Coming off their sophomore effort, 2014's Barclaycard Mercury Prize-shortlisted V2.0, GoGo Penguin return with their equally ambitious 2016 follow-up, Man Made Object. A jazz trio at their core, Britain's GoGo Penguin have garnered well-earned plaudits for their distinctive, genre-bending sound that combines elements of forward-thinking post-bop with stylistic elements borrowed from indie rock and electronic dance music -- all without the aid of any actual electronic instrumentation. Showcased in GoGo Penguin are the talents of pianist Chris Illingworth, bassist Nick Blacka, and drummer Rob Turner. Together on Man Made Object, they perform wholly original compositions that straddle the line between group improvisations and well-constructed thematic compositions. Cuts like "All Res," "Branches Break," and the driving, punky "Smarra," all have the signifiers of jazz (sophisticated harmonies, kinetic rhythms, and an introverted, exploratory energy), but play out more like an adventurous Radiohead track, or the soundtrack music to a '70s heist film. The results bring to mind the work of similarly inclined artists like pianist Brad Mehldau and groups like the Bad Plus and Medeski, Martin & Wood. There's also a ruminative, impressionistic vibe running through much of the material on Man Made Object that positions GoGo Penguin at the vanguard of the new British jazz movement alongside the likes of trumpeter Matthew Halsall and bassist Jasper Hoiby's trio Phronesis. Comparisons aside, what sets GoGo Penguin apart from their contemporaries is their inventive group interplay and knack for dramatic arranging. Often, Illingworth will set up a pattern on piano, like the spritely, dancing intro to "Unspeakable Word," and Blacka and Turner will join in, answering his pattern with their own contrapuntal footwork. Just as you think the trio are going to lock up legs and topple over, they fall into a gorgeous minor-key stride and dissipate into a sweepingly ominous mid-song bass solo. Ultimately, it's these moments of dazzling group dynamics that help make Man Made Object a jazz-infused work of art on GoGo Penguin's own terms.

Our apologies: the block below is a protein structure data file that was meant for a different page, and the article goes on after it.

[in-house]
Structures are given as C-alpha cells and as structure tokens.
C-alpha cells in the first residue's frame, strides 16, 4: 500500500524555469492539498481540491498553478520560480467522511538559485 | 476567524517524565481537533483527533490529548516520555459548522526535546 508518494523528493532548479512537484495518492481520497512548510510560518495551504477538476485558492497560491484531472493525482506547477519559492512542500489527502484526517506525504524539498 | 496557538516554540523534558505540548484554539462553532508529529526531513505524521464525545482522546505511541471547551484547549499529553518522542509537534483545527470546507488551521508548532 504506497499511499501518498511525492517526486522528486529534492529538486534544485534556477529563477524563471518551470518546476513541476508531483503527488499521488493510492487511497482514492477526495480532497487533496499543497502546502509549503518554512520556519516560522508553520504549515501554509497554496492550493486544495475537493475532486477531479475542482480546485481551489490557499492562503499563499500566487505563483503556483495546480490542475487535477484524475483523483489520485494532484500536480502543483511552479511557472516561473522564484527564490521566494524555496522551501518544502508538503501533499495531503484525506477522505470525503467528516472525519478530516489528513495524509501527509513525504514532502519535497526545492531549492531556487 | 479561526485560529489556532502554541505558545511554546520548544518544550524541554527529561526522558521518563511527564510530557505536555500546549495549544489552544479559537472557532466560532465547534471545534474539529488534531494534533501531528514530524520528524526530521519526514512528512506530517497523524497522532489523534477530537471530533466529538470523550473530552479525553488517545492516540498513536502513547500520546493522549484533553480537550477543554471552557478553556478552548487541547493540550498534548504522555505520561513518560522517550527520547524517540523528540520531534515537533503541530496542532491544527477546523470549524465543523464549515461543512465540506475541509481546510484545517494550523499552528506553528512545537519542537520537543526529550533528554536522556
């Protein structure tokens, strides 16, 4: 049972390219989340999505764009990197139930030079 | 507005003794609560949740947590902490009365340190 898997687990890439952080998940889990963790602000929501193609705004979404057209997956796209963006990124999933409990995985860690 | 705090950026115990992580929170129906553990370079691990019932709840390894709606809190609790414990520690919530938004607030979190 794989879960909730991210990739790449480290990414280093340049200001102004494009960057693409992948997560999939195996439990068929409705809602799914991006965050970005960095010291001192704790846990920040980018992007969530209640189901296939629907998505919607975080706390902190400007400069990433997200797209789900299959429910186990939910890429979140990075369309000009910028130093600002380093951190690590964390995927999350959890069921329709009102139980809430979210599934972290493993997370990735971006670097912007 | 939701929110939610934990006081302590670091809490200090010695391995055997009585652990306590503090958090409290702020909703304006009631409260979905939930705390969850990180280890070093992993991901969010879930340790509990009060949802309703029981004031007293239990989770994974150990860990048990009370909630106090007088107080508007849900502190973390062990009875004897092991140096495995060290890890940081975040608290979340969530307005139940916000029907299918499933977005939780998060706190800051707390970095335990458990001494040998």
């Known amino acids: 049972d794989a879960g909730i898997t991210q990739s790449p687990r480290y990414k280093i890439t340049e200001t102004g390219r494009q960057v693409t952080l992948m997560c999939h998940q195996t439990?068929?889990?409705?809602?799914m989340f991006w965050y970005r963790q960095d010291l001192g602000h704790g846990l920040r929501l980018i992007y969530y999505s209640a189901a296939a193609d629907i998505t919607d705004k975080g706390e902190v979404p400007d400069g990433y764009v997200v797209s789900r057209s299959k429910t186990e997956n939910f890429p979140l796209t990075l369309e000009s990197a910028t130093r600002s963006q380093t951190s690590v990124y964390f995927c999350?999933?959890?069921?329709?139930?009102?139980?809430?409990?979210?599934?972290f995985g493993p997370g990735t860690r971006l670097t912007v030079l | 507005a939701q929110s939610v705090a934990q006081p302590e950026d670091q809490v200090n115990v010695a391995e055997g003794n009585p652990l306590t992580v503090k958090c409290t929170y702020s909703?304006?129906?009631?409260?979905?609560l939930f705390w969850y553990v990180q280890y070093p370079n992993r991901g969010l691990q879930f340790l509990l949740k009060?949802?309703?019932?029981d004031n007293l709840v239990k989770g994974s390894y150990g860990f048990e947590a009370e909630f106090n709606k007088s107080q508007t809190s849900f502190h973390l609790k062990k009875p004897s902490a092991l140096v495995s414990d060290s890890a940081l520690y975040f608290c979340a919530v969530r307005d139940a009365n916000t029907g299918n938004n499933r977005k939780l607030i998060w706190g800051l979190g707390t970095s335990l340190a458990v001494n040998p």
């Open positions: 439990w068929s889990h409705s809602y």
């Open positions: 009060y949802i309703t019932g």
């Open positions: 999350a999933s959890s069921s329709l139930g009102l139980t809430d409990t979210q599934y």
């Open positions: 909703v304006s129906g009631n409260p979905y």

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AllMusic Review by Matt Collar